6 things you should know about Trumpcare

House Republicans released the long-awaited bill on Monday.

A girl stands holding a sign alongside supporters of the Affordable Care Act CREDIT: AP Photo/Brennan Linsley
A girl stands holding a sign alongside supporters of the Affordable Care Act CREDIT: AP Photo/Brennan Linsley

House Republicans released on Monday a plan to undo Obamacare that will likely leave millions more Americans uninsured.

After significant internal division about the path forward on Obamacare, lawmakers unveiled two bills that, taken together, would repeal and replace President Obama’s signature health care reform law. House committees are expected to hold votes on the bills as early as this week.

Here’s what you need to know about the legislation, and what it says about the House GOP’s plan for the future of health insurance in America:

It includes massive cuts to Medicaid, the program that provides coverage for millions of low-income Americans.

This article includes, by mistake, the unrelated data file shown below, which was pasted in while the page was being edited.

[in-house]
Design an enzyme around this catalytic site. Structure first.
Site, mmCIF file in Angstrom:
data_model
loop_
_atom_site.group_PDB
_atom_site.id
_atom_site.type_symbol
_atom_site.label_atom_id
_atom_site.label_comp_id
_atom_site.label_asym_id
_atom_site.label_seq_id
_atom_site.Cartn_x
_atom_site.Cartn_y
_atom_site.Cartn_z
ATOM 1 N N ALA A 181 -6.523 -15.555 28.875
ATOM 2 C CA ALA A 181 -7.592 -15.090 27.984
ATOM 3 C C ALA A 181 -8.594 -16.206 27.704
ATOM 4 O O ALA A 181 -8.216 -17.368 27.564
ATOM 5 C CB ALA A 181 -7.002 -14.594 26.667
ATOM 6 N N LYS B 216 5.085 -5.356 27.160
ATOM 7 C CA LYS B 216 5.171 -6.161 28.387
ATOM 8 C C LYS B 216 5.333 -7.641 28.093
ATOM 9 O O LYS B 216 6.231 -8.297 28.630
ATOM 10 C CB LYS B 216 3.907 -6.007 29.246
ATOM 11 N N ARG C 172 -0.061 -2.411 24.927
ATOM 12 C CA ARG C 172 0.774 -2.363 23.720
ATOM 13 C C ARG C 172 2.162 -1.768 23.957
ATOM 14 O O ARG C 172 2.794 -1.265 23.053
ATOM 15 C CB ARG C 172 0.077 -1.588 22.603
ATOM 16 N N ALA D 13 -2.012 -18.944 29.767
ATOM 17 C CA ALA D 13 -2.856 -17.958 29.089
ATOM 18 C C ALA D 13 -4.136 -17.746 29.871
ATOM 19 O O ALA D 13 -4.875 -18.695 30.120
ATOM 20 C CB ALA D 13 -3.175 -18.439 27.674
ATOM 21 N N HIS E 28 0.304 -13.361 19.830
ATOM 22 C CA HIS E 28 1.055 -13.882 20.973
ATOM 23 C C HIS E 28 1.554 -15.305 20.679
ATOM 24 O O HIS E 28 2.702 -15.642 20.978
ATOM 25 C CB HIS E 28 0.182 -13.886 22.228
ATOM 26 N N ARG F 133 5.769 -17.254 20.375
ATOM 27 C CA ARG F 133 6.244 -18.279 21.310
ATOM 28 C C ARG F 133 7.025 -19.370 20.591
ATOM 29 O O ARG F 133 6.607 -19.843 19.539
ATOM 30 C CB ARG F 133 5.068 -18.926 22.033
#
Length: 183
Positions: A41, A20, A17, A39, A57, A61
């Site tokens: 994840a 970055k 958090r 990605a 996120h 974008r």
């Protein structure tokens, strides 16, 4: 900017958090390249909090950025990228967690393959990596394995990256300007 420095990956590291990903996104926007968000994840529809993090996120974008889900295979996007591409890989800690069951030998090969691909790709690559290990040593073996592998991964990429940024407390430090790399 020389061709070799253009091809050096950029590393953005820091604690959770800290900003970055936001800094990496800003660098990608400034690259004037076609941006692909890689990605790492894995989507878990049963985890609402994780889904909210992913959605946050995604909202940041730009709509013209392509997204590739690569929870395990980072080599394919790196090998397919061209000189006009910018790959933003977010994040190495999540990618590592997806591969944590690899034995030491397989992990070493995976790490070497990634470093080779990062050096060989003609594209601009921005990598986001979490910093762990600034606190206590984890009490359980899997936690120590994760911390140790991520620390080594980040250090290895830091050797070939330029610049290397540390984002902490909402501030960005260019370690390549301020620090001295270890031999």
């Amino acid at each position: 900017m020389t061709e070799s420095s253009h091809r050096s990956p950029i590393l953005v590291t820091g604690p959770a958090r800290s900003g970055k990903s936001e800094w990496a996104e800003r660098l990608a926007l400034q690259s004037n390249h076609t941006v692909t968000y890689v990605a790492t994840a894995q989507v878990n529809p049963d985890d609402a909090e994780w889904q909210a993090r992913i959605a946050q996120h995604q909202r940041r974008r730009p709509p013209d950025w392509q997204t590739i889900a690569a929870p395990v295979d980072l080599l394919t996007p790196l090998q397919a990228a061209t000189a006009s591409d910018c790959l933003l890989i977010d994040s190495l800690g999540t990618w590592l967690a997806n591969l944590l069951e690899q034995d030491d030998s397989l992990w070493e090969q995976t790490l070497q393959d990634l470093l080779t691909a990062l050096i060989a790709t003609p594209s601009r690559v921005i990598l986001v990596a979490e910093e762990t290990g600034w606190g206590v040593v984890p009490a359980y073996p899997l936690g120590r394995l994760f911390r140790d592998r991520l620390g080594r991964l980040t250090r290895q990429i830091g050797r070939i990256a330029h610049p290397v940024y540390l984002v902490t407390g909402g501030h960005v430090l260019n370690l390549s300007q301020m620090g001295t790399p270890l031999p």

The proposed replacement bill includes big cuts to Medicaid, the government program that provides coverage for low-income Americans.

It would phase out the Medicaid expansion under Obamacare, which extended coverage to more than 11 million low-income people, beginning in 2020. It would also restructure the way the entire program is funded — offering states a lump sum to administer Medicaid coverage rather than providing however much funding states need to cover the pool of Medicaid eligible residents — putting the future of Medicaid in jeopardy.

It defunds Planned Parenthood and eliminates abortion coverage.

The GOP’s replacement proposal includes two major provisions aimed at eroding access to reproductive health care.

One would bar Planned Parenthood from using federal funding toward its family planning services, which would prevent the women’s health organization from providing birth control and mammograms to 2.5 million current patients who are covered through Medicaid. The other would prevent Americans from using their tax credits to help pay for plans that include coverage for elective abortion services — essentially, singling out abortion care as a service that won’t be covered like other medical procedures and forcing low-income people to bear the full out-of-pocket cost of ending a pregnancy.